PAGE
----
Senator John McCain was a POW. I bet you didn’t know that…
In all fairness, Senator McCain’s speech last night was Exhibit A why most Americans watch football instead of political conventions when given a choice. His delivery was wooden, he can’t read the teleprompter, the green and blue backgrounds on the tight shots were hideous and he said very little anyone undecided would care about. Not that he didn’t try.
After Governor Palin finished her acceptance speech, McCain looked ancient next to the vibrant Palin family. He always looks every bit of the 72 years old he is. It doesn’t inspire much confidence in his longevity, if elected. However, the embalmer worked overtime with the Senator during his speech and only Gene Simmons wears more make-up on stage.
I can give you the short version of the boring, insomnia-preventing speech: Please ignore the minor fact that the Republican Party has held the White House for the last eight years and for the last year I pretty much agreed with the current holder of the office, George W. Bush, nearly a 100% of the time. I’m the change guy, not the articulate black man with a Cosby/Huxtable family for the 21st century.
I’m not sure the undecided voters will swallow that one.
Last week at the Democratic Convention, I enjoyed how Senator John Kerry used a variation of the Comedy Central bit of making fun of Candidate Bush and President Bush and applied it to Senator McCain and Presidential candidate McCain on a variety of issues. It was telling. In the acceptance speech, McCain tried to be the guy who bucked the system and towed the conservative base line. I think it made his speech disjointed and lacking in any roadmap toward the future.
He spent a lot of time trying to break away from the President in his presentation. Still, Obama will continue to remind voters McCain voted 90% of the time with Bush and how many of the outlined ideas are simply Bush’s ideas with a fresh coat of paint.
The economy is at the forefront during any election year, but this year its the top issue. Americans are worried. They are worried about how to pay for gas and food. They are worried about their home values and their futures. They also blame the guy in office currently, So far, I’ve heard nothing from the Republicans about how to fix our economic woes. McCain has such a poor understanding of the economy, per his own admission, I can’t believe someone would vote for him.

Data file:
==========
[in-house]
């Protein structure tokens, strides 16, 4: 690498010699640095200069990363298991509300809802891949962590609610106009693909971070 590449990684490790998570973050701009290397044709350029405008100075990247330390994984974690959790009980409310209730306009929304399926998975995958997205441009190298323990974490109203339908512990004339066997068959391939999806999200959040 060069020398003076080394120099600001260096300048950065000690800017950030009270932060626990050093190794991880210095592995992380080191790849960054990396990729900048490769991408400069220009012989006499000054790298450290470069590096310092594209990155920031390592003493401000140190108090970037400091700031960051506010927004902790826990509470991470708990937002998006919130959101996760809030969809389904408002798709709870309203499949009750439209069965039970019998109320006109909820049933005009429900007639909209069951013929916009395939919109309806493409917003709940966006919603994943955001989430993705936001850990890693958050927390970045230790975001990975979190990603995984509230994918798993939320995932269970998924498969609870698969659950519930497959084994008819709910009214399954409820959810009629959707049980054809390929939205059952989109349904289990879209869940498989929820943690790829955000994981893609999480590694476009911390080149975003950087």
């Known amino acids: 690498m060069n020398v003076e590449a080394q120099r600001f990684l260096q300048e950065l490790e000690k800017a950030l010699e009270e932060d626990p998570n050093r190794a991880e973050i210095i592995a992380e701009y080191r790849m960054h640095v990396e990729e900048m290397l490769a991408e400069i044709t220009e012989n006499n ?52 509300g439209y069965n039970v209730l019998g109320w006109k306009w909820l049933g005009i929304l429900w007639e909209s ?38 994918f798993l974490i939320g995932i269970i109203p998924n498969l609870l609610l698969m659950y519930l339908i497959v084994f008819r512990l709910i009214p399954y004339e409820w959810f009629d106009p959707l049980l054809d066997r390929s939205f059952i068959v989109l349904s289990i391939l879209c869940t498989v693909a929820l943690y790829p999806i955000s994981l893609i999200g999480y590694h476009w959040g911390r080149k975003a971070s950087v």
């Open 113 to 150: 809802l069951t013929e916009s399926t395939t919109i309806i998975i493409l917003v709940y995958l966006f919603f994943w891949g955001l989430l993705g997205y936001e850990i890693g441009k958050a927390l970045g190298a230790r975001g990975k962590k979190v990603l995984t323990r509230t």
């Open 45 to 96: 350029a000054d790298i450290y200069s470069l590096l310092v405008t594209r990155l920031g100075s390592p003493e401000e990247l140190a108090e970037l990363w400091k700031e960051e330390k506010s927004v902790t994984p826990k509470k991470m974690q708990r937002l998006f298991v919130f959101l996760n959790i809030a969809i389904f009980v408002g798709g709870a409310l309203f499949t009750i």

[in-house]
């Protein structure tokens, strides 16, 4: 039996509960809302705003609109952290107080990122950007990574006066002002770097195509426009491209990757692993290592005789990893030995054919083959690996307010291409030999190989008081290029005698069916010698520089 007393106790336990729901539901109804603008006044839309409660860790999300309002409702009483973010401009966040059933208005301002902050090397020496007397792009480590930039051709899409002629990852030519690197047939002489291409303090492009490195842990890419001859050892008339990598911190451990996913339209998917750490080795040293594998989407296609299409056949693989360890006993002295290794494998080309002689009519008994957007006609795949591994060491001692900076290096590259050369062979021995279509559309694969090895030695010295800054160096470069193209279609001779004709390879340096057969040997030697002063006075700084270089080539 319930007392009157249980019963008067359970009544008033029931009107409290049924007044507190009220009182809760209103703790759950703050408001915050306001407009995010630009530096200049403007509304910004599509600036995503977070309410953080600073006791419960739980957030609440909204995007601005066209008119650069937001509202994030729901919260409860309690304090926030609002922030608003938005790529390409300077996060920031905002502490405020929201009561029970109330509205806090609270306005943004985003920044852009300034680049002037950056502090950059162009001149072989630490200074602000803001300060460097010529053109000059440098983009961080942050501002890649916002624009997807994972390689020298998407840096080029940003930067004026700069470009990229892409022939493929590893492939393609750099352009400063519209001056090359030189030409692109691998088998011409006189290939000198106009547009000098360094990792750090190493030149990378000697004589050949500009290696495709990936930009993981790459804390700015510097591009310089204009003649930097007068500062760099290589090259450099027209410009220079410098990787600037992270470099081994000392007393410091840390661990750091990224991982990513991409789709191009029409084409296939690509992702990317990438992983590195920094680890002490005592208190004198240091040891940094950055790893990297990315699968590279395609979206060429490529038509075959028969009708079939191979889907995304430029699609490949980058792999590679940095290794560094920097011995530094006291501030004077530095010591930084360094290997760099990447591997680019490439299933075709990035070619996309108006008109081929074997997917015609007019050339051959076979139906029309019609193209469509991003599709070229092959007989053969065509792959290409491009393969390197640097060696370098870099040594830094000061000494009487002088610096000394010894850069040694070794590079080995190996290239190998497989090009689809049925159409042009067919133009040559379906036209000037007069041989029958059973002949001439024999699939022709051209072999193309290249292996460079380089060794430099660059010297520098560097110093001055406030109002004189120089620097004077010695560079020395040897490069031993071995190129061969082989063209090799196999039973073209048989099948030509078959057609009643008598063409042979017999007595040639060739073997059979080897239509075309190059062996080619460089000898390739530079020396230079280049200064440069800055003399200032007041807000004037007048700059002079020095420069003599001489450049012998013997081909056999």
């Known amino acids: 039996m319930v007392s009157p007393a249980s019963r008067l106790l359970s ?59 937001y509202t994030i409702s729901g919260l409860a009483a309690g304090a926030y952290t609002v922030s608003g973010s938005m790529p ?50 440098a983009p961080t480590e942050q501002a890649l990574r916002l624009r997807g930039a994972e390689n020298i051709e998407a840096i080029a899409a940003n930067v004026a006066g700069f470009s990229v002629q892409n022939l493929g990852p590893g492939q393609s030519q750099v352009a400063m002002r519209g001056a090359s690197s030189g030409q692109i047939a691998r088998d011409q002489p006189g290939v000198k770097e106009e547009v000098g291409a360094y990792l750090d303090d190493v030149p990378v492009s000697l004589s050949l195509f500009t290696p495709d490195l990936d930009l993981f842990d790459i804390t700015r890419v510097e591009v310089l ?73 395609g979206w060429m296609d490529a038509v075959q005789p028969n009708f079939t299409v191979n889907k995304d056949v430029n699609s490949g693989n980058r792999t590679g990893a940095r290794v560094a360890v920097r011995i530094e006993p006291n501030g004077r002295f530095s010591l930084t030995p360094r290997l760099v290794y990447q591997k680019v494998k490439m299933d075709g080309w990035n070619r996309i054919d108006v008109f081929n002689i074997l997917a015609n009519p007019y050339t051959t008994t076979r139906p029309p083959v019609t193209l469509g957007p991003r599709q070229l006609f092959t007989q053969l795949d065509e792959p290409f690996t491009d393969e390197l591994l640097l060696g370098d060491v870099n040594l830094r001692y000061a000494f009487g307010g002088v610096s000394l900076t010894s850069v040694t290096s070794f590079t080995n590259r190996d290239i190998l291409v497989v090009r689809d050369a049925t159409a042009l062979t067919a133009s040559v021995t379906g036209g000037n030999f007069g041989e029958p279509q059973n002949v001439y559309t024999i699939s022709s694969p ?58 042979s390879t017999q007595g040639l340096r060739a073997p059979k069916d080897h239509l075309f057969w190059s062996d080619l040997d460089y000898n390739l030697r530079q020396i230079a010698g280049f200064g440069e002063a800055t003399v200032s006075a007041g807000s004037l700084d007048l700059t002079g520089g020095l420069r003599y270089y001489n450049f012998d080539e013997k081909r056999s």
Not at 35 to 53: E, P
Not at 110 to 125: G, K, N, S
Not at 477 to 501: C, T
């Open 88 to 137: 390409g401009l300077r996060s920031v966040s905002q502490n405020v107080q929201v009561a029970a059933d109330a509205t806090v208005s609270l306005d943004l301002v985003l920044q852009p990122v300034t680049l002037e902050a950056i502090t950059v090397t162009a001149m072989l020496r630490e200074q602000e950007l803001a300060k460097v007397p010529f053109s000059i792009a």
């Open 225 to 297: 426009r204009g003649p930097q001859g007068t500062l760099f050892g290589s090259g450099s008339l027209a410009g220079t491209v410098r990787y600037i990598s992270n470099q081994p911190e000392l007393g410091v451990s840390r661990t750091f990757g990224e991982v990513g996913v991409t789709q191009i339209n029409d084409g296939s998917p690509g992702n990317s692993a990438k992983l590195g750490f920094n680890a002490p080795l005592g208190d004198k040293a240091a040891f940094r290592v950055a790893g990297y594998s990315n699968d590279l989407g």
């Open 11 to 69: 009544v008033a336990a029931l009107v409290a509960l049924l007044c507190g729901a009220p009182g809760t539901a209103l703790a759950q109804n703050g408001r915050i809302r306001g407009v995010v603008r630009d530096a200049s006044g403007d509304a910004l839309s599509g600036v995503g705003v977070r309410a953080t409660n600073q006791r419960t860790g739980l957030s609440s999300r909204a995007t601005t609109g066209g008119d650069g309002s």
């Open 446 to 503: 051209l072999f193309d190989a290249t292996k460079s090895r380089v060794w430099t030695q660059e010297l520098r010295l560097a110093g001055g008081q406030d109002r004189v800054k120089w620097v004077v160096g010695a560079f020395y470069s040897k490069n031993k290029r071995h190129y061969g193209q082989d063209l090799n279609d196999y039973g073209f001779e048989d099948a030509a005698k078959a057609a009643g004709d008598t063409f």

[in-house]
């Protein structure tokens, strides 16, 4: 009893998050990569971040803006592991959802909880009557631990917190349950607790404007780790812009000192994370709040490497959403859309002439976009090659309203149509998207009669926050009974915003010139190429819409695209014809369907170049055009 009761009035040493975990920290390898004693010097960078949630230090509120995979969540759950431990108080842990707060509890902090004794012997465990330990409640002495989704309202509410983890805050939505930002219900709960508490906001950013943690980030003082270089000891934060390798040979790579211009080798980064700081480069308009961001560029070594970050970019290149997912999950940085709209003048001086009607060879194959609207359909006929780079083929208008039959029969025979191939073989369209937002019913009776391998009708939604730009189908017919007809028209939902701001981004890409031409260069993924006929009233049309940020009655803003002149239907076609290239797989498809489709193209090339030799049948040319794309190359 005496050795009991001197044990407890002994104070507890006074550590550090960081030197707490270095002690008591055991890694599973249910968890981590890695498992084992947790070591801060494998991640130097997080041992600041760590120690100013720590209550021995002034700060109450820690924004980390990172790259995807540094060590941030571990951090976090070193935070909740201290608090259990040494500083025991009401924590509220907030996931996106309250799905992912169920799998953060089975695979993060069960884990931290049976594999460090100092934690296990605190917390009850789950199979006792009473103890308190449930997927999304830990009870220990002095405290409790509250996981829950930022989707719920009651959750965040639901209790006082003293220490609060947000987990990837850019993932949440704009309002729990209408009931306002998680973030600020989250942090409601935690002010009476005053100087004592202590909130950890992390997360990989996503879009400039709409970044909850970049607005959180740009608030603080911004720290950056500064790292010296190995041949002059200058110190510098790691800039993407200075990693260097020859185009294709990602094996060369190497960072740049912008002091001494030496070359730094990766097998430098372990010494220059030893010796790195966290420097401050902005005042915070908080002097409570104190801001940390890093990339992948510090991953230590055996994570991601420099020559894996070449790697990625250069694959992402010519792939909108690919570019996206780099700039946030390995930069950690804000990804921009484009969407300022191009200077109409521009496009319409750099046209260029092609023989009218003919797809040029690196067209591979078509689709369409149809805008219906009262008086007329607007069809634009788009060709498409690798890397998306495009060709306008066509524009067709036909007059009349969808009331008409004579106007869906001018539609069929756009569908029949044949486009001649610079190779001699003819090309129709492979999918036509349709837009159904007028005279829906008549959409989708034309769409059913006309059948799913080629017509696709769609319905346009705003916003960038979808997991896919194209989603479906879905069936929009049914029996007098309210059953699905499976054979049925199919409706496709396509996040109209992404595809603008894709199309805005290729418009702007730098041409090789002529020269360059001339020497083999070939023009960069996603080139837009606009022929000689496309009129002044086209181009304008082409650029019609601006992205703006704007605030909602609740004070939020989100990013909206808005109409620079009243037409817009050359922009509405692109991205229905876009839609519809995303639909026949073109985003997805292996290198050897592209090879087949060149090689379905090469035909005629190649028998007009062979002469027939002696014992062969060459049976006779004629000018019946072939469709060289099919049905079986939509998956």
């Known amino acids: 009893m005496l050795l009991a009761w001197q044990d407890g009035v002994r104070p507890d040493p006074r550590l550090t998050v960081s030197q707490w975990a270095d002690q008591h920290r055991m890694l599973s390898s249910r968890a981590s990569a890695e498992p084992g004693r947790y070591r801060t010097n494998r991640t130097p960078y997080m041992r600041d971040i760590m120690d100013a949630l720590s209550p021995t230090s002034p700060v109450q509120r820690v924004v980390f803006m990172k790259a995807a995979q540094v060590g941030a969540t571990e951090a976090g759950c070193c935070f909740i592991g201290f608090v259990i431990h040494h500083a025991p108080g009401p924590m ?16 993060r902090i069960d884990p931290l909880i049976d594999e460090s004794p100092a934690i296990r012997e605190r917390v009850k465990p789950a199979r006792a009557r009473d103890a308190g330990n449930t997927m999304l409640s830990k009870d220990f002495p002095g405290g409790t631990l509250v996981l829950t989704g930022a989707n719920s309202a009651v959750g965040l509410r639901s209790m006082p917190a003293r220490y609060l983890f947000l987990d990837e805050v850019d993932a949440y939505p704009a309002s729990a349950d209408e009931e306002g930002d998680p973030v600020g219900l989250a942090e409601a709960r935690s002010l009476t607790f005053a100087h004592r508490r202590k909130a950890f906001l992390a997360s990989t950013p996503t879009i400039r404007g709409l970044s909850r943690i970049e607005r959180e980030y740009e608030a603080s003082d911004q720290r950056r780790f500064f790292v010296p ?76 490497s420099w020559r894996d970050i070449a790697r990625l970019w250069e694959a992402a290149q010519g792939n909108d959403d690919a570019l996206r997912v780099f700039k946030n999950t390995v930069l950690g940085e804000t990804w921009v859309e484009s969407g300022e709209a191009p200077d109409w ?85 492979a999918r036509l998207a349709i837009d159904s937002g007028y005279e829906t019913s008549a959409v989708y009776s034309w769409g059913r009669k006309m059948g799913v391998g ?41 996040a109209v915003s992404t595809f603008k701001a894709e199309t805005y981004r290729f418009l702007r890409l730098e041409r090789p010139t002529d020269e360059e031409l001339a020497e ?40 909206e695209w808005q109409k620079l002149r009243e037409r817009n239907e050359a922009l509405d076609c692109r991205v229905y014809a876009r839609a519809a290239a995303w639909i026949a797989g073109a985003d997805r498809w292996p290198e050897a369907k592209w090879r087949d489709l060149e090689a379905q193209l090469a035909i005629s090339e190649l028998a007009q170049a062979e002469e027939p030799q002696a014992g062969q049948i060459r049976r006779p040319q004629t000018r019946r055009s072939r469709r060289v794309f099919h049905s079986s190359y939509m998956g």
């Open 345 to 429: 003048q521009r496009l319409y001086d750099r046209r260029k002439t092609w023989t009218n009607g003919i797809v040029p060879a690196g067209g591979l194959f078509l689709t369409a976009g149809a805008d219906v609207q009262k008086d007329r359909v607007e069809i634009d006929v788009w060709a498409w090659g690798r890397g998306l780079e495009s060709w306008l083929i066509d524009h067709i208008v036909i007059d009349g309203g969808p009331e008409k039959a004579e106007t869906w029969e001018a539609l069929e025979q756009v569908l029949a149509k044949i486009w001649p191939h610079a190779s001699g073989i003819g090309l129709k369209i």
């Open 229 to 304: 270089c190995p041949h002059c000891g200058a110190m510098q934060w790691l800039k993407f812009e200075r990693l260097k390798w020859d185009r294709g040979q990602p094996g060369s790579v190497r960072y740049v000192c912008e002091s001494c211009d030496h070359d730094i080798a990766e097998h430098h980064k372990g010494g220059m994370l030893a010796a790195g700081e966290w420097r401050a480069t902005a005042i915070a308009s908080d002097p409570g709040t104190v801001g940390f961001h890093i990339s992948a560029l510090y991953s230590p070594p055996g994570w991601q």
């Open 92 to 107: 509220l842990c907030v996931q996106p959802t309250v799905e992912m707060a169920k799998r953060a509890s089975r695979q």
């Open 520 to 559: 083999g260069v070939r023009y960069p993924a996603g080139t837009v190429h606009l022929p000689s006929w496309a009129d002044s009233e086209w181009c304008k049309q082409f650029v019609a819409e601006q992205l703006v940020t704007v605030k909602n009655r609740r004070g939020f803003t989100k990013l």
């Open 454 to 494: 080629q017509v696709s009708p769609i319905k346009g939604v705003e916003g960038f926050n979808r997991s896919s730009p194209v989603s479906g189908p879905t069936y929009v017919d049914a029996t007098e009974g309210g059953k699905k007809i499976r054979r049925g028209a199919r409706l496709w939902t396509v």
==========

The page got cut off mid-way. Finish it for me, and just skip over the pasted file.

His energy comments were even more eye-rolling inducing. None of his past record or current plans will fix our energy problems. The drill now people are mind-numbing ignorant about the realities of drilling. It will take a decade to get new drilling platforms where the Republicans want us to drill. So, all this drill now crap doesn’t fix the price at the pump in Peoria you pinheads. More over, you morons, the United States doesn’t automatically get the oil anyway. Exxon does or whoever gets the rigs out fastest. Guess what, they don’t sell their oil exclusively to the United States unless the Republicans want to Federalize our oil industry and I kind of doubt that. I nearly laughed out loud as McCain rattled off his energy ideas. The senator voted against all non-oil based energy ideas such as solar, wind, fuel-efficient vehicles and alternative fuels.
By attempting to break away from BushCo, McCain is attempting to craft the Republican party into his image. I’d probably like that if this was McCain circa 2000, but sadly it’s not. He’s tied himself far too closely to the Rovian neocons and the religious right. It strengthens his base, but I don’t think it speaks to independents, moderates and undecideds.
The GOP are thrilled to have a hot, GILF on the ticket. Sniping at Obama in Palin’s well-rehearsed Edie McClurg voice, the base gets giddy like schoolgirls, but I don’t think it plays past that. Still, when McCain mentioned her it was easily the loudest applause line. So, how do the Democrats react to this “rising star?”
Essentially ignore her. She’s not sitting on the top of the ticket and Obama knows this as do all Americans who spent any amount of time watching the race. His opponent is John McCain, not Sarah Palin. There won’t be a presidential candidate versus vice-presidential candidate debate.
Obama already has dismissed her. “I’ve been called worse things on the basketball court” is a great brush-off. The idea that just because the Republicans put a woman on the ticket they are going to pull Hilary’s supporters probably pushes all the wrong buttons with Hilary. I’m not sure it was a good idea for McCain-Palin to stir the Clintons.
Now the conventions are finished and I’ve figured out the narrative for both parties. Obama wants the American people to focus on the economy and the other failed policies of the Bush presidency, will tie McCain to President Bush at every turn and push for the change only someone like himself can bring to the Presidency. McCain wants to disavow any ties to the Bush administration, doesn’t want to talk about any issues and wants to make the race about individual character with experience a secondary characteristic.
On paper, I think they both are smart game plans. Personally, I don’t think the Republican have done anything other than solidify their base and they can’t win with just the base.
We now move headlong toward the first debate at the end of the month. I’m looking forward to it.